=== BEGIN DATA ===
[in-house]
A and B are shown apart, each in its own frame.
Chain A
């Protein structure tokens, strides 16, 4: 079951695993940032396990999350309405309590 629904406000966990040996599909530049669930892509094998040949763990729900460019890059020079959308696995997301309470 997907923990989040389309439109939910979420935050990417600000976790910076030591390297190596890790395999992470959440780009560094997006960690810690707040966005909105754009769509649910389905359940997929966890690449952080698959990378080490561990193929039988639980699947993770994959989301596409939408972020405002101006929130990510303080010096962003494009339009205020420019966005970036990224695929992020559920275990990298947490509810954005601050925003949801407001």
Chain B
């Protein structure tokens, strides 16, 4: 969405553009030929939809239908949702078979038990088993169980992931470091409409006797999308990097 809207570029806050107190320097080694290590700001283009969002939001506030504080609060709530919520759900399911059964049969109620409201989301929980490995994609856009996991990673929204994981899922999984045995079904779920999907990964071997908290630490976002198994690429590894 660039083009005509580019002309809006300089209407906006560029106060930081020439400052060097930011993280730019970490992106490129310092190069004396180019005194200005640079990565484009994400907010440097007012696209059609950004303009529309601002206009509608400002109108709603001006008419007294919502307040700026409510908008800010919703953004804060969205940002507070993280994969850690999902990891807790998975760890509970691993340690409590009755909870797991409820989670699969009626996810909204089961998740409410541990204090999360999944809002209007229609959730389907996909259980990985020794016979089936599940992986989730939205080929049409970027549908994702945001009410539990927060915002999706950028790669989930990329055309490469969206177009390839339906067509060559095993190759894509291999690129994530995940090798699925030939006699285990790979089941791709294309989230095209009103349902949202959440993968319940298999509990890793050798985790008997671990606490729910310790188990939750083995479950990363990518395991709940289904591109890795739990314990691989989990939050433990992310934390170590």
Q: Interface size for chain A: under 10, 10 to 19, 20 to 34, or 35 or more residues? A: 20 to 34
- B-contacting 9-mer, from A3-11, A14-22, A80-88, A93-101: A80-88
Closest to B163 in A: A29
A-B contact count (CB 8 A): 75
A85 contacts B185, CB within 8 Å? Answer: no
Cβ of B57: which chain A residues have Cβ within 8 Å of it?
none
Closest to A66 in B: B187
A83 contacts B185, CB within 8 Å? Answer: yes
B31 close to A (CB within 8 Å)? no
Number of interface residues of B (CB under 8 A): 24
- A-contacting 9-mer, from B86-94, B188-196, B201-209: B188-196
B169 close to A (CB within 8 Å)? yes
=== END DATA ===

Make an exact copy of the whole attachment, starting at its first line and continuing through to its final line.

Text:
[in-house]
A and B are shown apart, each in its own frame.
Chain A
């Protein structure tokens, strides 16, 4: 079951695993940032396990999350309405309590 629904406000966990040996599909530049669930892509094998040949763990729900460019890059020079959308696995997301309470 997907923990989040389309439109939910979420935050990417600000976790910076030591390297190596890790395999992470959440780009560094997006960690810690707040966005909105754009769509649910389905359940997929966890690449952080698959990378080490561990193929039988639980699947993770994959989301596409939408972020405002101006929130990510303080010096962003494009339009205020420019966005970036990224695929992020559920275990990298947490509810954005601050925003949801407001």
Chain B
């Protein structure tokens, strides 16, 4: 969405553009030929939809239908949702078979038990088993169980992931470091409409006797999308990097 809207570029806050107190320097080694290590700001283009969002939001506030504080609060709530919520759900399911059964049969109620409201989301929980490995994609856009996991990673929204994981899922999984045995079904779920999907990964071997908290630490976002198994690429590894 660039083009005509580019002309809006300089209407906006560029106060930081020439400052060097930011993280730019970490992106490129310092190069004396180019005194200005640079990565484009994400907010440097007012696209059609950004303009529309601002206009509608400002109108709603001006008419007294919502307040700026409510908008800010919703953004804060969205940002507070993280994969850690999902990891807790998975760890509970691993340690409590009755909870797991409820989670699969009626996810909204089961998740409410541990204090999360999944809002209007229609959730389907996909259980990985020794016979089936599940992986989730939205080929049409970027549908994702945001009410539990927060915002999706950028790669989930990329055309490469969206177009390839339906067509060559095993190759894509291999690129994530995940090798699925030939006699285990790979089941791709294309989230095209009103349902949202959440993968319940298999509990890793050798985790008997671990606490729910310790188990939750083995479950990363990518395991709940289904591109890795739990314990691989989990939050433990992310934390170590």
Q: Interface size for chain A: under 10, 10 to 19, 20 to 34, or 35 or more residues? A: 20 to 34
- B-contacting 9-mer, from A3-11, A14-22, A80-88, A93-101: A80-88
Closest to B163 in A: A29
A-B contact count (CB 8 A): 75
A85 contacts B185, CB within 8 Å? Answer: no
Cβ of B57: which chain A residues have Cβ within 8 Å of it?
none
Closest to A66 in B: B187
A83 contacts B185, CB within 8 Å? Answer: yes
B31 close to A (CB within 8 Å)? no
Number of interface residues of B (CB under 8 A): 24
- A-contacting 9-mer, from B86-94, B188-196, B201-209: B188-196
B169 close to A (CB within 8 Å)? yes